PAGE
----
Bolsonaro himself is an outspoken apologist for military rule. In August 2016, he dedicated his vote on behalf of impeaching former president Dilma Rousseff to Carlos Ustra, the military general who ordered Rousseff’s torture during the dictatorship.

Rousseff, a former leftist guerrilla who went on to become former president Luiz Inácio Lula da Silva’s chief of staff, was removed from office on charges of “budgetary irregularities”, in what many Brazilians view as a right-wing political coup. She was succeeded by her vice-president, Temer, who later turned against her in the impeachment trial.

Bolsonaro’s pick for vice-president, retired general Antônio Hamilton Mourão, has suggested tearing up and rewriting Brazil’s constitution. His choice of economy minister, Paulo Guedes, lived in Chile during the 1973-90 military dictatorship and has proposed introducing many of the same neoliberal recipes designed for former Chilean dictator Augusto Pinochet by the ‘Chicago Boys’.

Those policies could have a major impact on Brazilian higher education. Already under Temer, the government imposed a 20-year freeze on social spending, including on education and health, as part of a radical fiscal austerity programme. The cutbacks have taken a toll on public universities and research centres, some of which have seen their budgets slashed by as much as 50%.

The changes represent a radical break with the progressive policies implemented by former presidents Lula da Silva (2003-10) and Rousseff (2011-16), of the leftist Workers’ Party. Haddad, a former mayor of São Paulo and federal education minister under Lula, oversaw the implementation of nationwide affirmative action policies for underprivileged students.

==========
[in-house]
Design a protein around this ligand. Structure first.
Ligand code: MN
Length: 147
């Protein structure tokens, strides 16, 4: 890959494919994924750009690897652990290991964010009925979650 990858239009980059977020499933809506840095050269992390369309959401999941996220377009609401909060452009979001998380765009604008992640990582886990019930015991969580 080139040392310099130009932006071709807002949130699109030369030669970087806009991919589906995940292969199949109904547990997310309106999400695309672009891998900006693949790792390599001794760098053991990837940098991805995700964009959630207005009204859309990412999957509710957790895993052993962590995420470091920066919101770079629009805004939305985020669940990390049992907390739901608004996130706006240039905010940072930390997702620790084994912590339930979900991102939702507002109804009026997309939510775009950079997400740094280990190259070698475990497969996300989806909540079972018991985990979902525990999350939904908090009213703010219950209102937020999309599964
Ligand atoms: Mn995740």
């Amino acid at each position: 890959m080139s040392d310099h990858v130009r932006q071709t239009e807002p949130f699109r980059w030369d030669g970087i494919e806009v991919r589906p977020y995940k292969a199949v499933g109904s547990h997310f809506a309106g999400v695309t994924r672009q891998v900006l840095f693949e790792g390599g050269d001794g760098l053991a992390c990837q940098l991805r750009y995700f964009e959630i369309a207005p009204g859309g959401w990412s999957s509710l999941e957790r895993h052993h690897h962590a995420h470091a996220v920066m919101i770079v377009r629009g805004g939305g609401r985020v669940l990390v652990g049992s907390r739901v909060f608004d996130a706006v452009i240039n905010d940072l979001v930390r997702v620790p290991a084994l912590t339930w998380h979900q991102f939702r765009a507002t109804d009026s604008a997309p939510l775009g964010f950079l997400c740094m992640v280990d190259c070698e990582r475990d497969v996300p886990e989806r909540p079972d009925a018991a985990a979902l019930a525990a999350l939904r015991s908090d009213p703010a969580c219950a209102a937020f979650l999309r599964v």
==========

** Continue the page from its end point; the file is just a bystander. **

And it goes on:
Today, half of all seats at the country’s 63 federal universities, as well as large percentages at state and private institutions, are reserved for public school graduates and Afro-Brazilians. Under Lula and Rousseff, the government also tripled spending on higher education and sent more than 100,000 STEM (science, technology, engineering and mathematics) students abroad under the Brazilian Scientific Mobility Program (previously called Science without Borders).

Bolsonaro has vowed to end all policies favouring underprivileged groups, including Afro-Brazilians, whom he has described as “too lazy even to procreate”. Instead, his election platform outlines a pro-business agenda for higher education, with an emphasis on technological training, distance programmes and industry incubators.

At stake is not only Brazil’s progress in expanding access to universities for the least fortunate. If the current witch-hunt is any indication, the effects of Bolsonaro’s presidency on higher education as a whole will be devastating.

Marion Lloyd is a research professor at the Institute for the Study of the University and Education, at the National Autonomous University of Mexico. Her work focuses on access and equity policies in higher education, including affirmative action in Brazil and the United States.

Photo credit: Marcelo Camargo, Agência Brasil


This article presents a biased view that does not take into account the fact that Bolsonaro was elected by more than 55% of valid votes; those voters do not see a threat to the Brazilian democracy. There is no threat to academic freedom as the author suggests. The article is in fact a threat to democracy as it is misleading and disrespectful to a country that has a total freedom to choose its President. The article expresses a biased opinion based on hearsay from someone who seems to know little about current politics in Brazil.

Waldir Leite Roque, Professor Titular, PhD, LaMEP - Laboratório de Modelagem em Engenharia de Petróleo, Centro de Informática, Universidade Federal da Paraíba